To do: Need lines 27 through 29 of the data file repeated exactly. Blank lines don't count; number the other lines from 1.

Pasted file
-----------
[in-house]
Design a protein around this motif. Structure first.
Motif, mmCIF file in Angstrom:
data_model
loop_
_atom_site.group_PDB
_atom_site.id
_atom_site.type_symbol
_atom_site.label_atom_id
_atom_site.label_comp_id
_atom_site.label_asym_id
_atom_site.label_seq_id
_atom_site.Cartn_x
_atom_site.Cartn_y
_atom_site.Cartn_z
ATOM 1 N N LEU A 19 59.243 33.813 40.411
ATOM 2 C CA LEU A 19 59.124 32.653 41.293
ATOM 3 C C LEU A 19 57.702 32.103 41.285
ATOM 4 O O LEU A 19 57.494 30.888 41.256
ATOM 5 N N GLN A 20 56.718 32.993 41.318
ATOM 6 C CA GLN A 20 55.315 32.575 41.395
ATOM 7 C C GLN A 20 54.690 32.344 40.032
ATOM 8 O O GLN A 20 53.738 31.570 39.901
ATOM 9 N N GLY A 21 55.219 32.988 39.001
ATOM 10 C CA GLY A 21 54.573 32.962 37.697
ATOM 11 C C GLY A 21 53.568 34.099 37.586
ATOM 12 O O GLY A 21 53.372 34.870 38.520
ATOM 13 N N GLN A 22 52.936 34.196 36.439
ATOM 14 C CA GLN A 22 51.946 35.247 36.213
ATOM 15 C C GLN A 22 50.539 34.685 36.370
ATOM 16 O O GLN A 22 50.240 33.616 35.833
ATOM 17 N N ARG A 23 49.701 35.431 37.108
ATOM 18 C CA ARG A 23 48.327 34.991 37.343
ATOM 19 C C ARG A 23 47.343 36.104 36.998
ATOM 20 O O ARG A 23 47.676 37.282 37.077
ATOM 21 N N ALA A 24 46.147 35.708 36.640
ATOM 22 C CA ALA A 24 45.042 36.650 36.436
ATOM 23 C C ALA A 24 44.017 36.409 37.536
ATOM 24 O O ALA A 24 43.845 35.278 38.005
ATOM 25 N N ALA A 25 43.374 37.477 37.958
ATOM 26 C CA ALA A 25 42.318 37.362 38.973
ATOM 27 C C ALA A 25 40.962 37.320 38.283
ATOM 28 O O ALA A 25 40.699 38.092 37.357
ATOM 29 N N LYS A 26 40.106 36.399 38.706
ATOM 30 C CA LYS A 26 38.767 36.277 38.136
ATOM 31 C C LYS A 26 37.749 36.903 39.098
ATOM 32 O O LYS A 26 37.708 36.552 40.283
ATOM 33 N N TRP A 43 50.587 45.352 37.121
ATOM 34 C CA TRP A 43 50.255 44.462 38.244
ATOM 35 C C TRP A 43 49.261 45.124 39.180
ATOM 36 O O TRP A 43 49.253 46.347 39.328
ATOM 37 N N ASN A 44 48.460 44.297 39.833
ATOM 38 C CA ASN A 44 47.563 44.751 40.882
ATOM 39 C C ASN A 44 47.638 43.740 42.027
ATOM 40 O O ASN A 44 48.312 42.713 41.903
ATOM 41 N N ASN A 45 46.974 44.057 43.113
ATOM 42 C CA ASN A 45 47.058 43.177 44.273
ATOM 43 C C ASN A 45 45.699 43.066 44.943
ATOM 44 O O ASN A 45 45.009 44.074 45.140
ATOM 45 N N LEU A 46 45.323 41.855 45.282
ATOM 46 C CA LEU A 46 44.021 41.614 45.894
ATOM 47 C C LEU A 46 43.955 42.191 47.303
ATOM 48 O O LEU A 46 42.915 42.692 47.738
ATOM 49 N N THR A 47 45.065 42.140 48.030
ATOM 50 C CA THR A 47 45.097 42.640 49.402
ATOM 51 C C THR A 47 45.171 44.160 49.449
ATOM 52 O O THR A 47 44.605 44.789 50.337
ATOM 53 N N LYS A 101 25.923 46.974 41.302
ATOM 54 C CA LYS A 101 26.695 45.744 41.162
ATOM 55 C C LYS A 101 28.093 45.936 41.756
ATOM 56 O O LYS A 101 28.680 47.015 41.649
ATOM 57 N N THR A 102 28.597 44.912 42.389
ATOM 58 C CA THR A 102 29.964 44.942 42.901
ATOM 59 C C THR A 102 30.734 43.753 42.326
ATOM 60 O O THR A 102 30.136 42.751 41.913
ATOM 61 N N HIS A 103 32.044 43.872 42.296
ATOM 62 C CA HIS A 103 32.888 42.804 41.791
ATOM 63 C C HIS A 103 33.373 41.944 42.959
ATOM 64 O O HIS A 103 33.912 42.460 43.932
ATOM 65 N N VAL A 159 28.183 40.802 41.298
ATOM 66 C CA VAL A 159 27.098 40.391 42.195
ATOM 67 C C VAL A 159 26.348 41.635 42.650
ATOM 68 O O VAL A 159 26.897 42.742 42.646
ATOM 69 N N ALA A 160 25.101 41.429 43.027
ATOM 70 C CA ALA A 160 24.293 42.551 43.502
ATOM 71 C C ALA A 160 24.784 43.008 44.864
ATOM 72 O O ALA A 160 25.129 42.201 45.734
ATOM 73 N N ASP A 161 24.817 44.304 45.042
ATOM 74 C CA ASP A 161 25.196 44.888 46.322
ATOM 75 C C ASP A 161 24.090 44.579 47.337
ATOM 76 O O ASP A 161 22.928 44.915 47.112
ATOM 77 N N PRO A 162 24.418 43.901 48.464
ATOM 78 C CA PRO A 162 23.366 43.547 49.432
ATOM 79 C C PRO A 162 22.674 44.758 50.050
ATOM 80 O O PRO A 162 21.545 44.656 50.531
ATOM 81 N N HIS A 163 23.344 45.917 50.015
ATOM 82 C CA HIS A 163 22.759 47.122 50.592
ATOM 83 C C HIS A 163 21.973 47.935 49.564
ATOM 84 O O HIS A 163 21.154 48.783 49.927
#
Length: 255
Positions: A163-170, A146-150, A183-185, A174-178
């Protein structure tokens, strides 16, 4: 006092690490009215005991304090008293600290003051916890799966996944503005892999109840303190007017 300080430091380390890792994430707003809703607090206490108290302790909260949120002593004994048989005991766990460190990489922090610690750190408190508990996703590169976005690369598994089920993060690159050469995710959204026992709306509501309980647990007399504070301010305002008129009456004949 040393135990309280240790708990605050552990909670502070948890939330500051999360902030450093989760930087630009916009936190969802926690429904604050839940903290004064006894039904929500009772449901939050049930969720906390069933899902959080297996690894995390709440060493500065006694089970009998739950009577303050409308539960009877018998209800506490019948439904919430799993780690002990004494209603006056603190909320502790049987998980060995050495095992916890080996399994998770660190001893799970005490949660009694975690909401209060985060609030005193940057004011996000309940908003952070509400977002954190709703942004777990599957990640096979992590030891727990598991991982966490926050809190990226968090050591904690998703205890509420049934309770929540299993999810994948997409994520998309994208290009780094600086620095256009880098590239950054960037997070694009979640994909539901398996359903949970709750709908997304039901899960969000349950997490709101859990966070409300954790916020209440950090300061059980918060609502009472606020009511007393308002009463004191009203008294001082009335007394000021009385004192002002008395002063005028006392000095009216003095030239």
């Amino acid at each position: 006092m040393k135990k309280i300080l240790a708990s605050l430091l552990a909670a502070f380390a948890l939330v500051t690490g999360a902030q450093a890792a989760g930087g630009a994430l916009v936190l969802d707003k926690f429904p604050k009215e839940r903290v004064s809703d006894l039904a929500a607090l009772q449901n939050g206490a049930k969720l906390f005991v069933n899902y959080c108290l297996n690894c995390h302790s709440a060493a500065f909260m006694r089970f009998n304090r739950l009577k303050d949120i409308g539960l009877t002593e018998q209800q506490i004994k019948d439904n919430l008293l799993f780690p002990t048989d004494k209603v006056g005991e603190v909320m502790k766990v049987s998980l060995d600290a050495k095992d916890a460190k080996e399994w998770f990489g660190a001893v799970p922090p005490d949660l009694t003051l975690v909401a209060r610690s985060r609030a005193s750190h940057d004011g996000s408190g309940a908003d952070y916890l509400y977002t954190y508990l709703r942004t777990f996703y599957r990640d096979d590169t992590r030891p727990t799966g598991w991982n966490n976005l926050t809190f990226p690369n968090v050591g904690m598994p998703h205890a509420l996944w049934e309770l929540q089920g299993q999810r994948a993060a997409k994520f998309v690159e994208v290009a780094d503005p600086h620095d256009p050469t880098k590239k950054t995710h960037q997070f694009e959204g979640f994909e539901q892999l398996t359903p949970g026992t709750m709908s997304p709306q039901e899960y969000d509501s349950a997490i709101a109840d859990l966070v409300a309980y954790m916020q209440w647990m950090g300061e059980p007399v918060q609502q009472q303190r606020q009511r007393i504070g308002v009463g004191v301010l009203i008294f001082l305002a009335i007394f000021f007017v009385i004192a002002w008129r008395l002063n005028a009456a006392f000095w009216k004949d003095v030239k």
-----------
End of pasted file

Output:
ATOM 12 O O GLY A 21 53.372 34.870 38.520
ATOM 13 N N GLN A 22 52.936 34.196 36.439
ATOM 14 C CA GLN A 22 51.946 35.247 36.213